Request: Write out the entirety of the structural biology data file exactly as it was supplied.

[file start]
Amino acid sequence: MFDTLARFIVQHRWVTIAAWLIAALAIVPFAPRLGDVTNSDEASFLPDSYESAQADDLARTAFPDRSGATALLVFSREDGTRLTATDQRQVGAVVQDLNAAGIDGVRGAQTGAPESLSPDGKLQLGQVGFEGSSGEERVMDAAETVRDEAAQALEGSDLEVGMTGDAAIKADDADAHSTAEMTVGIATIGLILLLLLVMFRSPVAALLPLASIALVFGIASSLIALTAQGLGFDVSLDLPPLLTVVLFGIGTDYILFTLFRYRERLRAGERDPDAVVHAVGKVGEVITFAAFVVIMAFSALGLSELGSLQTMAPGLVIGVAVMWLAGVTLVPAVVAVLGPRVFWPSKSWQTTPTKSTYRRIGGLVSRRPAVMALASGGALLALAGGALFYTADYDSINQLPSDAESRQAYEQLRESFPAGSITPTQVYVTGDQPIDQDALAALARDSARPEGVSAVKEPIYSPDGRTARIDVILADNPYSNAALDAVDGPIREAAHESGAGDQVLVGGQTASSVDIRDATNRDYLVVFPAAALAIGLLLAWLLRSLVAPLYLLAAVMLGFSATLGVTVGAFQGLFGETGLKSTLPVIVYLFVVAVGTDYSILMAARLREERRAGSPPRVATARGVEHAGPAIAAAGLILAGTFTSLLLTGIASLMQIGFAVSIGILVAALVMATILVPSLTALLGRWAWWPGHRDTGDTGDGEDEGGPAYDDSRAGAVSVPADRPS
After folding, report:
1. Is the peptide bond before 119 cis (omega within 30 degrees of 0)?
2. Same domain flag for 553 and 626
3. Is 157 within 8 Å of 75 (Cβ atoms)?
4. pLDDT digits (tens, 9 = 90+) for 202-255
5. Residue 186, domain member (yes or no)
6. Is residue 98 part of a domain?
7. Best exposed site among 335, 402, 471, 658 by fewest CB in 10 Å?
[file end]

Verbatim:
Amino acid sequence: MFDTLARFIVQHRWVTIAAWLIAALAIVPFAPRLGDVTNSDEASFLPDSYESAQADDLARTAFPDRSGATALLVFSREDGTRLTATDQRQVGAVVQDLNAAGIDGVRGAQTGAPESLSPDGKLQLGQVGFEGSSGEERVMDAAETVRDEAAQALEGSDLEVGMTGDAAIKADDADAHSTAEMTVGIATIGLILLLLLVMFRSPVAALLPLASIALVFGIASSLIALTAQGLGFDVSLDLPPLLTVVLFGIGTDYILFTLFRYRERLRAGERDPDAVVHAVGKVGEVITFAAFVVIMAFSALGLSELGSLQTMAPGLVIGVAVMWLAGVTLVPAVVAVLGPRVFWPSKSWQTTPTKSTYRRIGGLVSRRPAVMALASGGALLALAGGALFYTADYDSINQLPSDAESRQAYEQLRESFPAGSITPTQVYVTGDQPIDQDALAALARDSARPEGVSAVKEPIYSPDGRTARIDVILADNPYSNAALDAVDGPIREAAHESGAGDQVLVGGQTASSVDIRDATNRDYLVVFPAAALAIGLLLAWLLRSLVAPLYLLAAVMLGFSATLGVTVGAFQGLFGETGLKSTLPVIVYLFVVAVGTDYSILMAARLREERRAGSPPRVATARGVEHAGPAIAAAGLILAGTFTSLLLTGIASLMQIGFAVSIGILVAALVMATILVPSLTALLGRWAWWPGHRDTGDTGDGEDEGGPAYDDSRAGAVSVPADRPS
After folding, report:
1. Is the peptide bond before 119 cis (omega within 30 degrees of 0)?
2. Same domain flag for 553 and 626
3. Is 157 within 8 Å of 75 (Cβ atoms)?
4. pLDDT digits (tens, 9 = 90+) for 202-255
5. Residue 186, domain member (yes or no)
6. Is residue 98 part of a domain?
7. Best exposed site among 335, 402, 471, 658 by fewest CB in 10 Å?